Explore Flowcharts That Japanese Aquariums Use to Document the Romantic Lives of Penguins

In recent years, view­ers the world over have been binge-watch­ing a Japan­ese real­i­ty show called Ter­race House. The New York­er’s Troy Pat­ter­son describes its for­mat thus: “Three men and three women move into an ele­gant pad for a spell, while oth­er­wise con­duct­ing their lives as usu­al. The mem­bers of the cast are above aver­age in their cam­era-readi­ness and their civil­i­ty, and in no oth­er dis­cernible way.” Fueled not by the self-pro­mo­tion­al show­boat­ing and ginned-up resent­ment that have become con­ven­tions of Ter­race House’s West­ern pre­de­ces­sors, “the show’s slow-burn­ing action is sparked by the hon­est fric­tion of minor per­son­al­i­ty flaws and con­flict­ing per­son­al needs,” mak­ing it “clos­er to a nature doc­u­men­tary than to the exploita­tion films that one has come to expect from real­i­ty tele­vi­sion.”

If view­ing human beings the way we’re used to view­ing nature can give us such sat­is­fac­tion, how about view­ing nature the way we’re used to view­ing human beings? Japan, as John­ny Wald­man reports at Spoon and Tam­a­go, has led the way in both rever­sals: “Two aquar­i­ums in Japan, Kyoto Aquar­i­um and Sum­i­da Aquar­i­um, keep obses­sive tabs on their pen­guins and main­tain an updat­ed flow­chart that visu­al­izes all their pen­guin dra­ma.”

Wald­man quotes Japan-based researcher Oliv­er Jia as tweet­ing the fact that “Pen­guin dra­ma actu­al­ly isn’t total­ly unex­pect­ed. They’re known to be vicious ani­mals who cheat on their part­ners and steal oth­er’s chil­dren. So basi­cal­ly, your aver­age day in Los Ange­les” — the cra­dle, one might add, of the real­i­ty-TV indus­try.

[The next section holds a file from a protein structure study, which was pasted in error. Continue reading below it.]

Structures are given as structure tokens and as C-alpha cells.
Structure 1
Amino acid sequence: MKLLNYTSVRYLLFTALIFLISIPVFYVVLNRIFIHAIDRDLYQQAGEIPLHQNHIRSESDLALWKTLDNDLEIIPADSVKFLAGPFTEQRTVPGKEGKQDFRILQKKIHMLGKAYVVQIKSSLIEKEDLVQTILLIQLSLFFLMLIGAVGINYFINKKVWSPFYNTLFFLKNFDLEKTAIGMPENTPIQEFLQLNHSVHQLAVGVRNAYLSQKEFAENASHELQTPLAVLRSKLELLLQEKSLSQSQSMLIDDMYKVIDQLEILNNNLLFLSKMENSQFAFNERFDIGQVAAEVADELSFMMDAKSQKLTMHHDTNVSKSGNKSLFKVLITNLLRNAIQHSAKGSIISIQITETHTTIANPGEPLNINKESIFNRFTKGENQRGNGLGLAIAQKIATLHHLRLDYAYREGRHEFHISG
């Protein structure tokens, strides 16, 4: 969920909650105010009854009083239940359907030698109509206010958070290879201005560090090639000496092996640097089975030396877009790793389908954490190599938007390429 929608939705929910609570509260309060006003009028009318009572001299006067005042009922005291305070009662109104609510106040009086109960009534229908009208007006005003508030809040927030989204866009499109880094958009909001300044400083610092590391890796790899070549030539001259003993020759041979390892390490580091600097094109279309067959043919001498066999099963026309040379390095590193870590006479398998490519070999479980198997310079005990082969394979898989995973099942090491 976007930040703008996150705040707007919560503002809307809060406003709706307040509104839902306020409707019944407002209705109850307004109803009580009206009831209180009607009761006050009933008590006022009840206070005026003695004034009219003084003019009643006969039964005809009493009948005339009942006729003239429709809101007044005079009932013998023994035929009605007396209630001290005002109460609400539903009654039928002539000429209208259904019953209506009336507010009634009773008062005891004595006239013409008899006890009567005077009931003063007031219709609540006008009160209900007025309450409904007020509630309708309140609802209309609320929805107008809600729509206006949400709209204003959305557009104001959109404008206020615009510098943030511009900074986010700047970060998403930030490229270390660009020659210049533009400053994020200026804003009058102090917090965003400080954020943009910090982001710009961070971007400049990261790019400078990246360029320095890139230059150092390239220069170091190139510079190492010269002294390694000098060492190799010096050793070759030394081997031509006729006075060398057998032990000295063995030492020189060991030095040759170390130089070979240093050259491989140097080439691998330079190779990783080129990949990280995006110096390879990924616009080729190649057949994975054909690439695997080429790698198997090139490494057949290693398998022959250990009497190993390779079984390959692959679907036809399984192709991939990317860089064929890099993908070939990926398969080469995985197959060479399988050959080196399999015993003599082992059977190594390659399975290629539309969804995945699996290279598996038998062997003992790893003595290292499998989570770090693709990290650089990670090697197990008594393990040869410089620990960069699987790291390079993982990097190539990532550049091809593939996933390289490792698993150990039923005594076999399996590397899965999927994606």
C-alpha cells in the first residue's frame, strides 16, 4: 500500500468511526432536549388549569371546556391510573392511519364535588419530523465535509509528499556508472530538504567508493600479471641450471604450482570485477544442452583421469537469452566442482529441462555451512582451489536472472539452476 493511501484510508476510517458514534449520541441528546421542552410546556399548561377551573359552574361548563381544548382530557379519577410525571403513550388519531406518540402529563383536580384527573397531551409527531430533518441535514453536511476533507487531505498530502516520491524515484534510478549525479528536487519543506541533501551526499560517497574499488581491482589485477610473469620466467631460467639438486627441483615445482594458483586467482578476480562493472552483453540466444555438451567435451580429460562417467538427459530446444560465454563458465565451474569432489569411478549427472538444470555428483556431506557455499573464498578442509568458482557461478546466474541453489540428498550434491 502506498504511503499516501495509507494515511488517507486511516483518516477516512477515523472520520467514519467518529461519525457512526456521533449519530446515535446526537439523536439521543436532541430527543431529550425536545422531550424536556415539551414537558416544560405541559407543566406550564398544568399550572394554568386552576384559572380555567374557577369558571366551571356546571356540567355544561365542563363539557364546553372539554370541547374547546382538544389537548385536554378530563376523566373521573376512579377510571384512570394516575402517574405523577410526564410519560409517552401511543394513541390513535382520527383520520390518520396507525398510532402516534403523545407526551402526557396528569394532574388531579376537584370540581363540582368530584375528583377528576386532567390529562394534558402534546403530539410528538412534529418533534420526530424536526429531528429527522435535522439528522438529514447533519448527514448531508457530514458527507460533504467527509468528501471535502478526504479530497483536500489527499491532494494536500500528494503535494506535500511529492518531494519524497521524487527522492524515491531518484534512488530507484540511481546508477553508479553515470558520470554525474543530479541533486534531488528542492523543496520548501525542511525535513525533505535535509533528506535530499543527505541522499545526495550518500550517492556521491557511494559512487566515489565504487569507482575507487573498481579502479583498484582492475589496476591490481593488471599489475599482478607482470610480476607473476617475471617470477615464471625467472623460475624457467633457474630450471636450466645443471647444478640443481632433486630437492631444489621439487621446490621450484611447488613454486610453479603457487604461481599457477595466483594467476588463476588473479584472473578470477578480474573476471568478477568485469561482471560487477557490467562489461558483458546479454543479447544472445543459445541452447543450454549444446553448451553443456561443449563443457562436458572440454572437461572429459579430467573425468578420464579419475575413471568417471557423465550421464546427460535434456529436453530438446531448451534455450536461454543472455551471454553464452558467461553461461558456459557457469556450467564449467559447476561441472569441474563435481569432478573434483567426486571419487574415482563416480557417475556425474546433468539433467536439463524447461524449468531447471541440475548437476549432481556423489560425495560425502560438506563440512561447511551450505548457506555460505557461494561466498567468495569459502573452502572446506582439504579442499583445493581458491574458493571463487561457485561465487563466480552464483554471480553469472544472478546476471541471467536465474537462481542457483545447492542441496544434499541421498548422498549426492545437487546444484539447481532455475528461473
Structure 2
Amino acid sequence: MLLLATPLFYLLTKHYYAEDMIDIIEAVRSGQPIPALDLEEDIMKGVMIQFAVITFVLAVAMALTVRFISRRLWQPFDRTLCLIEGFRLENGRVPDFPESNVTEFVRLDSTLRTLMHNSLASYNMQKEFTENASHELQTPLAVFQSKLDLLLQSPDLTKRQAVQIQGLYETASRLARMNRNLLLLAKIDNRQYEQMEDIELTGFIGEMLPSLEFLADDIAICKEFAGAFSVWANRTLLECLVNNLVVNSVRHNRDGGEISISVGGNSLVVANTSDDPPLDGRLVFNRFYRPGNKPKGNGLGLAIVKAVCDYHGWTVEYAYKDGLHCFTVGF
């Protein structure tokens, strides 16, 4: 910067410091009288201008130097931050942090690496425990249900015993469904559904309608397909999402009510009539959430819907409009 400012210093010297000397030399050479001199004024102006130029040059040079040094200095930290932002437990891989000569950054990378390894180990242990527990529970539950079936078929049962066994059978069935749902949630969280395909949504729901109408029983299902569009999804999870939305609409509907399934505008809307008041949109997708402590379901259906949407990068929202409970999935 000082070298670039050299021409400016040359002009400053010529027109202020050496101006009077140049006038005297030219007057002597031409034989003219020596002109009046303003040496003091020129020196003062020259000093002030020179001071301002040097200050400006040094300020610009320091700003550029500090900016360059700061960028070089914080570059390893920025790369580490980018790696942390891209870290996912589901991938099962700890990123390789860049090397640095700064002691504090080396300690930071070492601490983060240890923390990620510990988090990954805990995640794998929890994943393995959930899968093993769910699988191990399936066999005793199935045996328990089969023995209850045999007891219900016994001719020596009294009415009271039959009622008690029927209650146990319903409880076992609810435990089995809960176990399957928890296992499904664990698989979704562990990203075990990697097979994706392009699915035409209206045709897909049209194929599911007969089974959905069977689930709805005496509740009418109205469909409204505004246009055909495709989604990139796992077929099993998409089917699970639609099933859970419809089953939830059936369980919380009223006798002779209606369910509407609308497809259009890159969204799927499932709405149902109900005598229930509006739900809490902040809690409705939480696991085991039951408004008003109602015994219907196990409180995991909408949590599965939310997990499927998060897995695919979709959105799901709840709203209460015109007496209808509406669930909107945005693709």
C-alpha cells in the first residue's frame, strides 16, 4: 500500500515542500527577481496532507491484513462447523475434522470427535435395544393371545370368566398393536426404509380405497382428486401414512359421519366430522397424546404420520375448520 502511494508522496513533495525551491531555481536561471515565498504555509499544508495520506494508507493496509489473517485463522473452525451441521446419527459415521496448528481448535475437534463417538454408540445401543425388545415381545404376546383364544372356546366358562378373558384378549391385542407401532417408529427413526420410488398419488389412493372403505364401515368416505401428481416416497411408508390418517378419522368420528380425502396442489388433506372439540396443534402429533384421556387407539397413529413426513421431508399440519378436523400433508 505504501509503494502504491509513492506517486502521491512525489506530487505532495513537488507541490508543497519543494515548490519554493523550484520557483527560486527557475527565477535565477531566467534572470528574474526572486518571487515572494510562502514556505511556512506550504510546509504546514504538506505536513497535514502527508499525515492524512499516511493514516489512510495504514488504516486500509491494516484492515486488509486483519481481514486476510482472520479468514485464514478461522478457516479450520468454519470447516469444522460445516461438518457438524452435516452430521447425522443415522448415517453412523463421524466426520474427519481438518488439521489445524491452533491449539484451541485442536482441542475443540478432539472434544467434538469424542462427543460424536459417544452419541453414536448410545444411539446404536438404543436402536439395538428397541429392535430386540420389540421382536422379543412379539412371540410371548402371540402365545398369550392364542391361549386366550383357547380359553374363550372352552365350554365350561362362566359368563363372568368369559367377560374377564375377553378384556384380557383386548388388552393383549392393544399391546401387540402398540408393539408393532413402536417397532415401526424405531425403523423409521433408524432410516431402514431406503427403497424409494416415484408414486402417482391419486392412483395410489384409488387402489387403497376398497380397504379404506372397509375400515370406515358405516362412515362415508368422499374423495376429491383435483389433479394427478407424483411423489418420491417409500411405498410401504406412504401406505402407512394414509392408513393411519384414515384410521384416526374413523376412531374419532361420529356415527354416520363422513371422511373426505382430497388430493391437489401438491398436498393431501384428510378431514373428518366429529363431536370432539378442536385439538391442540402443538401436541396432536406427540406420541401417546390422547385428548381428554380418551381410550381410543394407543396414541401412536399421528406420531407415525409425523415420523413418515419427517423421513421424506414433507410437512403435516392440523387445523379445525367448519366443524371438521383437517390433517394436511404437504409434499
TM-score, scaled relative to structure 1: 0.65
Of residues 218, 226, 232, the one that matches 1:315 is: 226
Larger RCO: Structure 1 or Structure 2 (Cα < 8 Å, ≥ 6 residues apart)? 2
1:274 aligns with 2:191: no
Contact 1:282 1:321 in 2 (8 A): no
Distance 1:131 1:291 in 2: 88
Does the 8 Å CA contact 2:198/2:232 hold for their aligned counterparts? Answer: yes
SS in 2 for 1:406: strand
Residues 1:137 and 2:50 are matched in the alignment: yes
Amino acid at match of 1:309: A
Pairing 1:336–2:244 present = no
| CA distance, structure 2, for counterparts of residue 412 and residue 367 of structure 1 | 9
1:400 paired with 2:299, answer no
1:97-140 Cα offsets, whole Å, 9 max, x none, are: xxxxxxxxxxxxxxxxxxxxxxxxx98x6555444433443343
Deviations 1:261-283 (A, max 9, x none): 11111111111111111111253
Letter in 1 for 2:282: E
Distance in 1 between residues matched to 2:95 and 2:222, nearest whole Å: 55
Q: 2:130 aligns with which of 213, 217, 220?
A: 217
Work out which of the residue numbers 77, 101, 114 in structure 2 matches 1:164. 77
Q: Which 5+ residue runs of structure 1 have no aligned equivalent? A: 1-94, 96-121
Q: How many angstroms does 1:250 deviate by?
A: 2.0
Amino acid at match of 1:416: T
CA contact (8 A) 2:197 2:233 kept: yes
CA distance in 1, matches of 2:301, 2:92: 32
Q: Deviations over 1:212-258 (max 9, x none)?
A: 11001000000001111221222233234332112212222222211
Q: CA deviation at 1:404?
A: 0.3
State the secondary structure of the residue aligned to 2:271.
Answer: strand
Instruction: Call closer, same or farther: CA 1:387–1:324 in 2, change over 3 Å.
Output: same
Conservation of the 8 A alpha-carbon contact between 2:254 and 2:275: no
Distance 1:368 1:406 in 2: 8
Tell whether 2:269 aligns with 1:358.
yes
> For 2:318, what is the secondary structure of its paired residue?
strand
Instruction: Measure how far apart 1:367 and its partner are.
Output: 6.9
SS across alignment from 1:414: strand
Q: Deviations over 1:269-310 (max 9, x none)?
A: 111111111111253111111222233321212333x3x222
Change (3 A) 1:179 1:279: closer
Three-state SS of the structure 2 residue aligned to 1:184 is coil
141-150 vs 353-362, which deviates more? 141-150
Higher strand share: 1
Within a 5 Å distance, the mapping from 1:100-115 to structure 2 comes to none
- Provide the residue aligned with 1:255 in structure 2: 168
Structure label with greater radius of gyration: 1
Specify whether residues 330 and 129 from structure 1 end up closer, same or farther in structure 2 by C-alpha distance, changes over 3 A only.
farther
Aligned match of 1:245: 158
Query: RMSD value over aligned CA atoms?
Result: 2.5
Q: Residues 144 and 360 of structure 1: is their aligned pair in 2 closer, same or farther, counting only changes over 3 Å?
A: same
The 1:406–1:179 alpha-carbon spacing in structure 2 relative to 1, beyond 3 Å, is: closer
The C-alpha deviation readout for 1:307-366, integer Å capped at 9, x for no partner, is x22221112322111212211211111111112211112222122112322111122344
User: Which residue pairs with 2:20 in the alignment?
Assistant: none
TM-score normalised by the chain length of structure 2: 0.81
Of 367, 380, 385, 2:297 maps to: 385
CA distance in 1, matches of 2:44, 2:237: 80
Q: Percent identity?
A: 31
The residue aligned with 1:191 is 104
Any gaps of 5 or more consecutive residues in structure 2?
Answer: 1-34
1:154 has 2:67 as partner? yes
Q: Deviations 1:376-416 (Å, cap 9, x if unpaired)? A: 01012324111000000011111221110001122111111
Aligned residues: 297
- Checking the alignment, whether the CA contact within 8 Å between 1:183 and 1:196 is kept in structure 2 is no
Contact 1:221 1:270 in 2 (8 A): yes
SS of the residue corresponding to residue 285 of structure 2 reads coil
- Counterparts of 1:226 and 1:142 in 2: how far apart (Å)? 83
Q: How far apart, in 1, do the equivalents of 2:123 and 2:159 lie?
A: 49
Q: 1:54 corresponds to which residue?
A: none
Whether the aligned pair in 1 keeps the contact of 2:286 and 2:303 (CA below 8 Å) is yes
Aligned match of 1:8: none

Though the lives of pen­guins may, in the eyes of the aquar­i­um-vis­it­ing lay­man, appear to con­sist entire­ly of swim­ming, eat­ing fish, and stand­ing around, the ani­mals’ “roman­tic escapades are fair­ly easy to observe,” at least accord­ing to Wald­man’s trans­la­tion of the pen­guin care­tak­ers at the Sum­i­da Aquar­i­um. “Wing-flap­ping is a sign of affec­tion and cou­ples can be seen groom­ing each oth­er. Pen­guins who are get­ting over a break-up will often refuse to eat.” This is the kind of obser­va­tion­al data that inform the inten­sive­ly detailed (and cute­ness-opti­mized) pen­guin-rela­tion­ship dia­grams seen here, high-res­o­lu­tion ver­sions of which you can down­load from the Kyoto Aquar­i­um and Sum­i­da Aquar­i­um’s web sites. Now that Ter­race House has come to an end, per­haps the time has come on Japan­ese real­i­ty tele­vi­sion for a bit of non-human dra­ma.

via Spoon and Tam­a­go

Relat­ed Con­tent:

Act of Love: A Strange, Won­der­ful Visu­al Dic­tio­nary of Ani­mal Courtship

See Pen­guins Wear­ing Tiny “Pen­guin Books” Sweaters, Knit­ted by the Old­est Man in Aus­tralia

Japan­ese Design­er Cre­ates Incred­i­bly Detailed & Real­is­tic Maps of a City That Doesn’t Exist

The First Muse­um Ded­i­cat­ed to Japan­ese Folk­lore Mon­sters Is Now Open

Dis­cov­er the Japan­ese Muse­um Ded­i­cat­ed to Col­lect­ing Rocks That Look Like Human Faces

Meet Con­go the Chimp, London’s Sen­sa­tion­al 1950s Abstract Painter

Based in Seoul, Col­in Mar­shall writes and broad­casts on cities, lan­guage, and cul­ture. His projects include the book The State­less City: a Walk through 21st-Cen­tu­ry Los Ange­les and the video series The City in Cin­e­ma. Fol­low him on Twit­ter at @colinmarshall, on Face­book, or on Insta­gram.

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